The conference took place at the Crowne Plaza in Newcastle. The early start was soon forgotten when greeted with bacon and sausage sandwiches on arrival, a very promising start!
The day loosely followed, what were described as the ‘Seven Major Themes from the HE Sector’ with some topics more of a focus than others:
Turnitin reported they were making solid progress in the UK after a £5.2m investment in Turnitin UK over the past two years with a 66% staff increase and infrastructure/application monitoring investment resulting in 12 hours less degraded service and an improvement in their First Response time from 5-6 days to 30 minutes.
Turnitin and JISC are in Stage 1 of a partnership around data integration and Learning Analytics. Working on a data exhaust (data generated as a by-product of online actions and choices ie. cookies, log and temporary internet files).
Marking and Moderation
Unfortunately this topic was covered in a session I was unable to attend….
Assessment Workflows and Integration
Linked to ‘Data Access’ above; Learning Analytics likely to drive workflow definitions and refinements, in other words in the future institutions will be able to unlock Turnitin data to acquire information.
It was identified that there was a need for better communications from Turnitin, particularly on new features and service outages (twitter isn’t the ideal comms tool for such important information). Communications on new feature changes will be farther in advance.
Turnitin now employ a team of writers who are currently updating the 4000 User Guides and creating video’s to make their offering much more current and engaging. Coming soon will be a new and improved platform and tools to enable institutions to make more use of the resources.
Ghost Writing or essay mills, contract cheating, authorship verification…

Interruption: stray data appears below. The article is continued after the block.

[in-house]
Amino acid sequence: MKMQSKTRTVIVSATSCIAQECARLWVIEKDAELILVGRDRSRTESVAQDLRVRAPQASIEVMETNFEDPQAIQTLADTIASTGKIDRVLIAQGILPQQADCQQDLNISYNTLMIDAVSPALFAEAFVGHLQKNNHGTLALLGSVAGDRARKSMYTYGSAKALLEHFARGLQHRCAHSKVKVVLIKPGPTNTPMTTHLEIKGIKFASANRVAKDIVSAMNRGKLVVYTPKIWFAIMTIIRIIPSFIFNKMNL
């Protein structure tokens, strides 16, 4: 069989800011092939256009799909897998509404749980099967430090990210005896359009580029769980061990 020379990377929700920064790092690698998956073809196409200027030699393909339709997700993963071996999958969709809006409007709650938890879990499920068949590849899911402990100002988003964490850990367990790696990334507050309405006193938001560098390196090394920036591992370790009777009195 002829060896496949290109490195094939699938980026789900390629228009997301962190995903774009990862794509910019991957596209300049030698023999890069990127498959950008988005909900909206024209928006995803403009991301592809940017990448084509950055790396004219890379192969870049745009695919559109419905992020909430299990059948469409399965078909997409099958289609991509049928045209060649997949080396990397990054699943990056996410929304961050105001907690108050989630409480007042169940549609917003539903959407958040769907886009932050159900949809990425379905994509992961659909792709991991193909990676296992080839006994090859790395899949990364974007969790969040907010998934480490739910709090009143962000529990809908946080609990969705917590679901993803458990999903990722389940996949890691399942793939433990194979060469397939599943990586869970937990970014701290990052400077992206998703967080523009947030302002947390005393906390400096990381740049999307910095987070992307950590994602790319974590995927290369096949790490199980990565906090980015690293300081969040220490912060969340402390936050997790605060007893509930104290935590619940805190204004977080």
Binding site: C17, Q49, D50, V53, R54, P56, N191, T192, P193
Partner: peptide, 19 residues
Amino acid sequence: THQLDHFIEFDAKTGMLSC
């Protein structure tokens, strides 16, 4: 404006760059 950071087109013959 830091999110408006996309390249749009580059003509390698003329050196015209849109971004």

The conference was heavily focused on Contract Cheating alternatively named Ghostwriting; there is currently some debate on favoured terminology.
Turnitin has completed the first phase of research to address the global problem of contract cheating; the act of hiring someone to complete an assignment for you, as these assignments are guaranteed to be original work the current plagiarism detections tools are ineffective.
Contract Cheating was first highlighted by an Australian scandal in late 2014 where, it was reported, that up to 1000 students from 16 universities were enlisting the MyMaster website to write assignments and sit online tests.
The cheating sites have evolved to be ‘big business’ so much so that currently 1000+ sites are reported to be active and prices and turnaround times have been driven down eg. Currently a 1500-word assignment can be bought for £154.
Simon Bullock from the Quality Assurance Agency (QAA), presented the brand new QAA guidance ‘Contracting to Cheat in Higher Education: How to address Contract Cheating, the Use of Third-Party Services and Essay Mills’ which is an interesting read and informs how to address contract cheating in HE.
There was also an interesting presentation by Professor Phil Newton is available on YouTube
The UoC ‘Assessment Briefs’ written by Dr Amanda Chapman provide some valuable tips on how to subvert contract cheating.
Turnitin acknowledged future requirements in formative usage of the product. Afternoon sessions on similarity report enhancement as well as on source code similarity
Design and development is underway on a solution to support multiple marking (currently in Beta stage) for moderation, second marking and double blind marking. Features will include:
- Markers will be able to leave their own layer of marks on a student’s submission.
- Bubble comments and QuickMarks will include the marker’s initials, to allow markers a way to identify who left which mark.
- Visibility of each marker’s feedback on the student submission may be layered on or off.
- The overall grade field and feedback side panels are currently shared amongst markers.